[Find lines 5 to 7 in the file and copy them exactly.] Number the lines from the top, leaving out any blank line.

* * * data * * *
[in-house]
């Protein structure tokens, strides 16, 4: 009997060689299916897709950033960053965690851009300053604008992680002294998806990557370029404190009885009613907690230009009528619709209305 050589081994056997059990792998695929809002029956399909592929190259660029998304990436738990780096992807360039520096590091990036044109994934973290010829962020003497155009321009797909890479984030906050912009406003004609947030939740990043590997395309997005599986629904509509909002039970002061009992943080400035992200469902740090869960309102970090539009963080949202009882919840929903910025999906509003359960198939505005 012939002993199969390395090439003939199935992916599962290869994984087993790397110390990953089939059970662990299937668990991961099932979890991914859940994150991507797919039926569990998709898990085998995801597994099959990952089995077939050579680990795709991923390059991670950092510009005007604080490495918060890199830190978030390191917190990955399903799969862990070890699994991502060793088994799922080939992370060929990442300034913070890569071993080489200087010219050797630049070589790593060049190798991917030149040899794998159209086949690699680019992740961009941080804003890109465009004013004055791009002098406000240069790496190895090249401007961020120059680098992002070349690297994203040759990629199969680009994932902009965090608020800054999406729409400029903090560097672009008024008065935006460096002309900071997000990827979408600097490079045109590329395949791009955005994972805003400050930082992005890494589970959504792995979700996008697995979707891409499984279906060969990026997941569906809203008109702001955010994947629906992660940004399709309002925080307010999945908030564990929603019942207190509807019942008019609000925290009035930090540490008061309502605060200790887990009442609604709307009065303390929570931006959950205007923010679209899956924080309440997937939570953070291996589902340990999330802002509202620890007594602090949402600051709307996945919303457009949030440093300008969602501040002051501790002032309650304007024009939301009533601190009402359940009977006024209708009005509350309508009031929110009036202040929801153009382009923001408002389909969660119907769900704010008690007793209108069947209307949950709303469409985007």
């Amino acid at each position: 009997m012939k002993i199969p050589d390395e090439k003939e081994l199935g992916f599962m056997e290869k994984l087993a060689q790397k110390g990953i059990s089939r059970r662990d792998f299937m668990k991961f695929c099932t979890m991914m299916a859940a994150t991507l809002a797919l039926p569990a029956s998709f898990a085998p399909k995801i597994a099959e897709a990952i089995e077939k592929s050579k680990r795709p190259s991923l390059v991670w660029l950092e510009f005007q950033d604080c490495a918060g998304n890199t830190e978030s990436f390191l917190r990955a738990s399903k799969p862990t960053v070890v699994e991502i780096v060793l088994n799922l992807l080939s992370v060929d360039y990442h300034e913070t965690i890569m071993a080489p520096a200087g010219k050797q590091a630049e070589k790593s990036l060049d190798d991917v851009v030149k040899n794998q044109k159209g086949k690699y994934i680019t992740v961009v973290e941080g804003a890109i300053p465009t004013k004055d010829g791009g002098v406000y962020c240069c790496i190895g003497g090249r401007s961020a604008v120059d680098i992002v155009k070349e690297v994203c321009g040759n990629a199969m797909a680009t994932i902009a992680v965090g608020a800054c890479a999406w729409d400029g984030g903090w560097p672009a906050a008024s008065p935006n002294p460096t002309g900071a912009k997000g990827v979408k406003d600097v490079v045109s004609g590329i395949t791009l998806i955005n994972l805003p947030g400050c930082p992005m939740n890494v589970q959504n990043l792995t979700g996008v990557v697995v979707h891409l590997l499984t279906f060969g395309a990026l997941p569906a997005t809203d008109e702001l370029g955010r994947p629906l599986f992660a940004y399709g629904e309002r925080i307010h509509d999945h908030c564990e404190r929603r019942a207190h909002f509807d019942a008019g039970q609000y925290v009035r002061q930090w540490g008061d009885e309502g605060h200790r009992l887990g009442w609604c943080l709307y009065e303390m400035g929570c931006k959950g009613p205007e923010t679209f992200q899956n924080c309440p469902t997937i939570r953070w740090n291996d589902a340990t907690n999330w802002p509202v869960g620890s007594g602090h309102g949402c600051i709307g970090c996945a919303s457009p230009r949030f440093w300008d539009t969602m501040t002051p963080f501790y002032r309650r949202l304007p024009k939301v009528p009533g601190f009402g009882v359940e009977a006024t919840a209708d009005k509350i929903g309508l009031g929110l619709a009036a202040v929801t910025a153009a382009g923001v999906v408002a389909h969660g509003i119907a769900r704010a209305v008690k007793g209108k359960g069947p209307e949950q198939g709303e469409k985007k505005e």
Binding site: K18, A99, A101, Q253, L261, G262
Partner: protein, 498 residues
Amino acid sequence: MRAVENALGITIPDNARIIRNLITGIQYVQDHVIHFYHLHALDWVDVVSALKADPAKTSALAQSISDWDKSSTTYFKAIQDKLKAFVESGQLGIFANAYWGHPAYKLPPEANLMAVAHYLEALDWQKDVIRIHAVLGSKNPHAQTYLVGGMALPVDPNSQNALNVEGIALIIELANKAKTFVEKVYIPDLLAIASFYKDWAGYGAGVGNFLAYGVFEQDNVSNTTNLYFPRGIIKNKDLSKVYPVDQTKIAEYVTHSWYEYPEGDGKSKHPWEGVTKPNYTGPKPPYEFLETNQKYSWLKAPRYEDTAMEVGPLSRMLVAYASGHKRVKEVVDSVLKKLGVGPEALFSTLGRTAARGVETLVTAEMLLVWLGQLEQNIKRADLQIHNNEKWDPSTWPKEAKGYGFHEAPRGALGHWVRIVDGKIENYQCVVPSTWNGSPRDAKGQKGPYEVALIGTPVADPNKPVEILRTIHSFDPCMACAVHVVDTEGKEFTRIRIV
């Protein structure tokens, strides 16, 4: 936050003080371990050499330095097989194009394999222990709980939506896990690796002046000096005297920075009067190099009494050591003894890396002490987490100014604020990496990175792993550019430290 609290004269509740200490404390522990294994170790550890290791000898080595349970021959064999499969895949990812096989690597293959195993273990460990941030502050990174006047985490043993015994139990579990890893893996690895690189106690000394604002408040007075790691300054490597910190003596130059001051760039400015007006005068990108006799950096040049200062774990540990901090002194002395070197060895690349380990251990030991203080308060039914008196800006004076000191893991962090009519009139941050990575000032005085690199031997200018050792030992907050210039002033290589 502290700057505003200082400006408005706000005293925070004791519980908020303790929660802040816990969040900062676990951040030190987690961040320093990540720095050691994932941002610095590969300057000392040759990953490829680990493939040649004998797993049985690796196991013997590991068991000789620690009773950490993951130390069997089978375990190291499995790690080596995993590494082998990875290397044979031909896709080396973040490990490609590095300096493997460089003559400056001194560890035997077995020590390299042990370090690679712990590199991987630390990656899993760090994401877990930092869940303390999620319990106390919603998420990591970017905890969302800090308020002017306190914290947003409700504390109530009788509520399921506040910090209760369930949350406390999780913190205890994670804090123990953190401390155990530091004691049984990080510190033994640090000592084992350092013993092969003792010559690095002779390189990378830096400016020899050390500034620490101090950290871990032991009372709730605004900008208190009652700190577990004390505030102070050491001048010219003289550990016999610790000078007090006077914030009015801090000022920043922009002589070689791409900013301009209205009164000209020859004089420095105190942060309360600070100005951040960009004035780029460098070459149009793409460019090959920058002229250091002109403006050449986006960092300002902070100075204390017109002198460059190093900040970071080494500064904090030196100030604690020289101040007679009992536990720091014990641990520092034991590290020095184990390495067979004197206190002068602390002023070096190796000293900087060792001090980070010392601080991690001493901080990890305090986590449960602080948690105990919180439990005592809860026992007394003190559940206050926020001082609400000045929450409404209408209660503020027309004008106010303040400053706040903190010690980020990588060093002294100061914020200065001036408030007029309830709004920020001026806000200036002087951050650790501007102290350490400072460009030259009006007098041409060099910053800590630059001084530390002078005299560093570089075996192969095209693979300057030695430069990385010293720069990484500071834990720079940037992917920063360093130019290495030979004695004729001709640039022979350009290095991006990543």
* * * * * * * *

Partner: protein, 498 residues
Amino acid sequence: MRAVENALGITIPDNARIIRNLITGIQYVQDHVIHFYHLHALDWVDVVSALKADPAKTSALAQSISDWDKSSTTYFKAIQDKLKAFVESGQLGIFANAYWGHPAYKLPPEANLMAVAHYLEALDWQKDVIRIHAVLGSKNPHAQTYLVGGMALPVDPNSQNALNVEGIALIIELANKAKTFVEKVYIPDLLAIASFYKDWAGYGAGVGNFLAYGVFEQDNVSNTTNLYFPRGIIKNKDLSKVYPVDQTKIAEYVTHSWYEYPEGDGKSKHPWEGVTKPNYTGPKPPYEFLETNQKYSWLKAPRYEDTAMEVGPLSRMLVAYASGHKRVKEVVDSVLKKLGVGPEALFSTLGRTAARGVETLVTAEMLLVWLGQLEQNIKRADLQIHNNEKWDPSTWPKEAKGYGFHEAPRGALGHWVRIVDGKIENYQCVVPSTWNGSPRDAKGQKGPYEVALIGTPVADPNKPVEILRTIHSFDPCMACAVHVVDTEGKEFTRIRIV
């Protein structure tokens, strides 16, 4: 936050003080371990050499330095097989194009394999222990709980939506896990690796002046000096005297920075009067190099009494050591003894890396002490987490100014604020990496990175792993550019430290 609290004269509740200490404390522990294994170790550890290791000898080595349970021959064999499969895949990812096989690597293959195993273990460990941030502050990174006047985490043993015994139990579990890893893996690895690189106690000394604002408040007075790691300054490597910190003596130059001051760039400015007006005068990108006799950096040049200062774990540990901090002194002395070197060895690349380990251990030991203080308060039914008196800006004076000191893991962090009519009139941050990575000032005085690199031997200018050792030992907050210039002033290589 502290700057505003200082400006408005706000005293925070004791519980908020303790929660802040816990969040900062676990951040030190987690961040320093990540720095050691994932941002610095590969300057000392040759990953490829680990493939040649004998797993049985690796196991013997590991068991000789620690009773950490993951130390069997089978375990190291499995790690080596995993590494082998990875290397044979031909896709080396973040490990490609590095300096493997460089003559400056001194560890035997077995020590390299042990370090690679712990590199991987630390990656899993760090994401877990930092869940303390999620319990106390919603998420990591970017905890969302800090308020002017306190914290947003409700504390109530009788509520399921506040910090209760369930949350406390999780913190205890994670804090123990953190401390155990530091004691049984990080510190033994640090000592084992350092013993092969003792010559690095002779390189990378830096400016020899050390500034620490101090950290871990032991009372709730605004900008208190009652700190577990004390505030102070050491001048010219003289550990016999610790000078007090006077914030009015801090000022920043922009002589070689791409900013301009209205009164000209020859004089420095105190942060309360600070100005951040960009004035780029460098070459149009793409460019090959920058002229250091002109403006050449986006960092300002902070100075204390017109002198460059190093900040970071080494500064904090030196100030604690020289101040007679009992536990720091014990641990520092034991590290020095184990390495067979004197206190002068602390002023070096190796000293900087060792001090980070010392601080991690001493901080990890305090986590449960602080948690105990919180439990005592809860026992007394003190559940206050926020001082609400000045929450409404209408209660503020027309004008106010303040400053706040903190010690980020990588060093002294100061914020200065001036408030007029309830709004920020001026806000200036002087951050650790501007102290350490400072460009030259009006007098041409060099910053800590630059001084530390002078005299560093570089075996192969095209693979300057030695430069990385010293720069990484500071834990720079940037992917920063360093130019290495030979004695004729001709640039022979350009290095991006990543």